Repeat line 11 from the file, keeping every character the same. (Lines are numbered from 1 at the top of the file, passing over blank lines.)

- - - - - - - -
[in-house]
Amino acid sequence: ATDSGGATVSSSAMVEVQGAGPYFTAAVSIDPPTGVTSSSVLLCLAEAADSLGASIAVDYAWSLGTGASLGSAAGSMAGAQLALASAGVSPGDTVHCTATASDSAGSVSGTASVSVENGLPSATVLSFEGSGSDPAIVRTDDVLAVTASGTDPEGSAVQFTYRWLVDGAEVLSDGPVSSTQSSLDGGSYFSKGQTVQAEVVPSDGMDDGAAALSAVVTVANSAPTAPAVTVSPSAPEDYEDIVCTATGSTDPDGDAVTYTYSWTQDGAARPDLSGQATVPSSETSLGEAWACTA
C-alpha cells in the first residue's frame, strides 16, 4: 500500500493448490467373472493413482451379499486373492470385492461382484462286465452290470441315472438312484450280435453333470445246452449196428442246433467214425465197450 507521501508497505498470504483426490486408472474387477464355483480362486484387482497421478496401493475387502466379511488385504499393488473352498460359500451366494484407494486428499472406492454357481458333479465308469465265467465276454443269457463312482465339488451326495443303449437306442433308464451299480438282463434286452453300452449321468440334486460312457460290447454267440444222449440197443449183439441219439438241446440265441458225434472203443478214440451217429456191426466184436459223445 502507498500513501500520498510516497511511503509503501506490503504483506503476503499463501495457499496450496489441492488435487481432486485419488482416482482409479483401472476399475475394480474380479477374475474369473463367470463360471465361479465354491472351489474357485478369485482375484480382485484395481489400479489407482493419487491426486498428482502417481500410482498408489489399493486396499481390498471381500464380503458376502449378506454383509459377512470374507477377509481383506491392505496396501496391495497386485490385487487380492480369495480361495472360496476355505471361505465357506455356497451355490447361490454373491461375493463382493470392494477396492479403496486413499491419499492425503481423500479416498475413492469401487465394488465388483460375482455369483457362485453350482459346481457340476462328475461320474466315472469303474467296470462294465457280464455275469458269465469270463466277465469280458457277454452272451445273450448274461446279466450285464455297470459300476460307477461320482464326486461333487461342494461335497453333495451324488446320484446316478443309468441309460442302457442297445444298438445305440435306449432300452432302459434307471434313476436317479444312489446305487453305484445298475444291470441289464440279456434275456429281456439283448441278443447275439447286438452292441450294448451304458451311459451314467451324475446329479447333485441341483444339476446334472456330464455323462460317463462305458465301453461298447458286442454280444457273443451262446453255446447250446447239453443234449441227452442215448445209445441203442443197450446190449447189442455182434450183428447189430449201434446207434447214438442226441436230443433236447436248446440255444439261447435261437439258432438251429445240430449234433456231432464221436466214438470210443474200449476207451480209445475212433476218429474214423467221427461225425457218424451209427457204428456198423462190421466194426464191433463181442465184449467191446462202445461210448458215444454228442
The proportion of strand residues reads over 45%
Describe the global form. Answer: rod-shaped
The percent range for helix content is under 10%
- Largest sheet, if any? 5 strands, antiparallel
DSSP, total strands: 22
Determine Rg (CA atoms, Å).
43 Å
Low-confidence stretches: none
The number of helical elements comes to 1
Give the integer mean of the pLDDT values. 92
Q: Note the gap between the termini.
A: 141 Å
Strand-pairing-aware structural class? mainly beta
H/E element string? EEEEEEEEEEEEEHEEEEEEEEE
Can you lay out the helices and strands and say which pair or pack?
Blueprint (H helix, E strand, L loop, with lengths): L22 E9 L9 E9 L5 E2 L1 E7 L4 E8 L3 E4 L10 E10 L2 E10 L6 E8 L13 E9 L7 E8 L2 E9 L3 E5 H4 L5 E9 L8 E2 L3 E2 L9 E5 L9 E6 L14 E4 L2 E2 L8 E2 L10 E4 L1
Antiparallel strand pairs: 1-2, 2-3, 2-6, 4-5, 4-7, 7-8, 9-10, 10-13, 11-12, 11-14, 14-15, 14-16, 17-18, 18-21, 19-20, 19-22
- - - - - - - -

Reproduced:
Low-confidence stretches: none